Dropping In

In yesterday evening’s fading light Jackie wandered around the garden with her camera, and produced

this gallery of garden blooms, individual titles of which are available by clicking on any image to access them.

I have mentioned before my regret that modern life with its heavy schedules and geographical distance between friends and family has largely put paid to dropping in for visits.

Coming downstairs from a late shower this morning I was aware of delighted voices in the sitting room. Opening the door I was greeted by Danni and Ella who are the exception to the rule. We are always pleased to see them.

Ella knows pretty much where everything is, so immediately led Jackie to the library where

the toy hamper, formerly a filled Fortnum and Mason Christmas present from Wolf and Luci, is kept. Before diving in,

assisted by her mother, she had to make a lidded home for bear.

An important work phone call was taken before completing a variety of puzzles.

Quiet times were also enjoyed. Here Danni drinks coke while her daughter ransacks her purse.

In the form of the reflected rainbow prism cast by her treasured lightcatcher, the spirit of our late friend, Pauline appeared present for a while.

Mother and daughter stayed for lunch, cleared up thoroughly, and set off home hoping that our great-niece would sleep in the car on the way.

Early this evening, Carole and Brian didn’t exactly drop in because they had sent me a message first, but they came to see us while staying at Brockenhurst. They are a couple we hadn’t seen for some years, and one of those friendships with whom the years disappear when meeting again after such a gap. We enjoyed a splendid, albeit short, conversation.

When they returned to their hotel for their booked evening meal, Jackie and I dined on oven fish, chips, and peas, with which she drank Hoegaarden and I drank Patrick Chodot Fleurie 2019.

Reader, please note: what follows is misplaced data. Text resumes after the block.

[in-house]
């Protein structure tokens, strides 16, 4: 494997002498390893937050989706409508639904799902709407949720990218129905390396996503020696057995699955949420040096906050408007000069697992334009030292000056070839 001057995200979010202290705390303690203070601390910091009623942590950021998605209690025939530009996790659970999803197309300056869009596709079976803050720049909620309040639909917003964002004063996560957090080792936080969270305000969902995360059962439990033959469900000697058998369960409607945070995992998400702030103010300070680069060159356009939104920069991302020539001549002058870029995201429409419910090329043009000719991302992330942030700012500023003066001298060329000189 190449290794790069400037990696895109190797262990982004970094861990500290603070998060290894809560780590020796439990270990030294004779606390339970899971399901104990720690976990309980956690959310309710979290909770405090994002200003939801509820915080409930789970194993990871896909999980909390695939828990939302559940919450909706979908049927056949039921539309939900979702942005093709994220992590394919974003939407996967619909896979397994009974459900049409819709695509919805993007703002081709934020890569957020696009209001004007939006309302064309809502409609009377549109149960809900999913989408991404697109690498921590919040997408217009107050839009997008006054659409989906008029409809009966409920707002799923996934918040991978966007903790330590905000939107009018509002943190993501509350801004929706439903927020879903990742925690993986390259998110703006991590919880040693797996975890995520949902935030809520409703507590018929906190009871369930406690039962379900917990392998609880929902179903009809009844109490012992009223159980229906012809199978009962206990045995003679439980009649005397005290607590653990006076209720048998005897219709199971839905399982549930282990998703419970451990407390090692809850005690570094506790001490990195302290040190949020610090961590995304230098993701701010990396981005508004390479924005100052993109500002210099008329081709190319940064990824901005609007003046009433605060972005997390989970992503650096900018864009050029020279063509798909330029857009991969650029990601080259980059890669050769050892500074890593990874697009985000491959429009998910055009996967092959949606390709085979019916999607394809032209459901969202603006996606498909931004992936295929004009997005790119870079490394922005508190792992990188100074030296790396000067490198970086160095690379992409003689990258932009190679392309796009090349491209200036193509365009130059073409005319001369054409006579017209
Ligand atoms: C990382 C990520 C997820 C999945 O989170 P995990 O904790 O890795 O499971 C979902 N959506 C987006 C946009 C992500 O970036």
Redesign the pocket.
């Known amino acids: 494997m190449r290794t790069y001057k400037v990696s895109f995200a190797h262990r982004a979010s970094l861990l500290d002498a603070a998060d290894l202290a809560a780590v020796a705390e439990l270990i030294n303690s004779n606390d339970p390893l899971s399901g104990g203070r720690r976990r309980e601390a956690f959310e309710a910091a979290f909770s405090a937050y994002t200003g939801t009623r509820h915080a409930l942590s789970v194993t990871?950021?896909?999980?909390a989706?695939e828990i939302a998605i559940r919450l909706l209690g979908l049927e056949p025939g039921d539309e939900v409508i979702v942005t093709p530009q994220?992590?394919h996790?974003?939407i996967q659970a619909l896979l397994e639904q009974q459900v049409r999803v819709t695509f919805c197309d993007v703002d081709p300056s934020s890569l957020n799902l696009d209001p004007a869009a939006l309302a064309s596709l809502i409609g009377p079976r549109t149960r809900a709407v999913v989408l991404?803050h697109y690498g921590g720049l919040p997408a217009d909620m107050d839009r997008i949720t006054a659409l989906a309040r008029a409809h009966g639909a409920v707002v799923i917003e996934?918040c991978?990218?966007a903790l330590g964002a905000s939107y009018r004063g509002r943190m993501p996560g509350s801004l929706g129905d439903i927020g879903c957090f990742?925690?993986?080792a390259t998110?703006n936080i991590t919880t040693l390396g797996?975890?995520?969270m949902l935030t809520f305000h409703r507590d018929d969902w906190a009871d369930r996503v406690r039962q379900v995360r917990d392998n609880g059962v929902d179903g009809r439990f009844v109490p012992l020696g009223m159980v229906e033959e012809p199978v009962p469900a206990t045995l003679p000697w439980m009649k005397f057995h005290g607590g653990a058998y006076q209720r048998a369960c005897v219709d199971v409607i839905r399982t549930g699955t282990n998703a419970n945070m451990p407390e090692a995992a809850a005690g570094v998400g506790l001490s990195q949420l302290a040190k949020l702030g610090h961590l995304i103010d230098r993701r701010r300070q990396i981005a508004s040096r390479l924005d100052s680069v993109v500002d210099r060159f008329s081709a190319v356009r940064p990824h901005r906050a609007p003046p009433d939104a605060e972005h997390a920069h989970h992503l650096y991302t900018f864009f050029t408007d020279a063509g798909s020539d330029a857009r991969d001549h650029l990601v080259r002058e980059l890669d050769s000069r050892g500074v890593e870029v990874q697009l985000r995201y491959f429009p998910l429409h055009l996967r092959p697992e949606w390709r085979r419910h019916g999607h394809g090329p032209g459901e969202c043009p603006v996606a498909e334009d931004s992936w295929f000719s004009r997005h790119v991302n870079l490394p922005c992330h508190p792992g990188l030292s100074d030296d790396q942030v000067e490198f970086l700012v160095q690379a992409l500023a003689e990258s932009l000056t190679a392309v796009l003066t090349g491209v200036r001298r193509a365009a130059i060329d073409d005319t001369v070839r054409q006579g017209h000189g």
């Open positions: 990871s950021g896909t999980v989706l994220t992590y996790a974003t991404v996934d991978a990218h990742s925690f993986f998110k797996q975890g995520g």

More Bastides

Having received no response from the estate agent, I decided to print off, sign, and post the document to the French solicitor complete with the errors. There are only so many times I am prepared to point out mistakes. This meant popping over to Shelly and Ron’s for my signature to be witnessed. Ron performed the task; I e-mailed scanned copies of each signed page to the agent; then posted the original to the solicitor.

the //about-france.com website claims that ‘the “Bastide” towns of southwest France are a growing tourist attraction, and comprise one of the largest collections of well-preserved mediaeval townscapes to be found anywhere in Europe.’ In yesterday’s post I featured

Beaumont 4 9.03

Beaumont-du-Perigord, being a fine example.

Unfortunately I cannot be certain which was the next such town I visited with Maggie and Mike in September 2003, but I think it was Monpazier, founded by the English to keep out the French in 1285. It was to change hands between these two nations several times in the following few decades.

The main feature of a bastide is the central square surrounded by colonnaded arches now housing shops, such as wine merchants and toy suppliers. I enjoyed seeing baskets of diabolos, such as those brought back from holiday by my maternal grandparents.

Colourful market stalls fill the square which is

surrounded by grids of streets linked by narrow alleys or ruelles.

Weathered walls, iron gates, and tended gardens invite attention.

Maggie and Mike 9.03

When we passed a church which had recently held a wedding, my friends thought it would be a good wheeze to pretend it was theirs.

I drank more of the Malbec with our evening meal consisting of Jackie’s chicken chow mein and Tesco’s won tons. Mrs Knight enjoyed her food , and did not imbibe.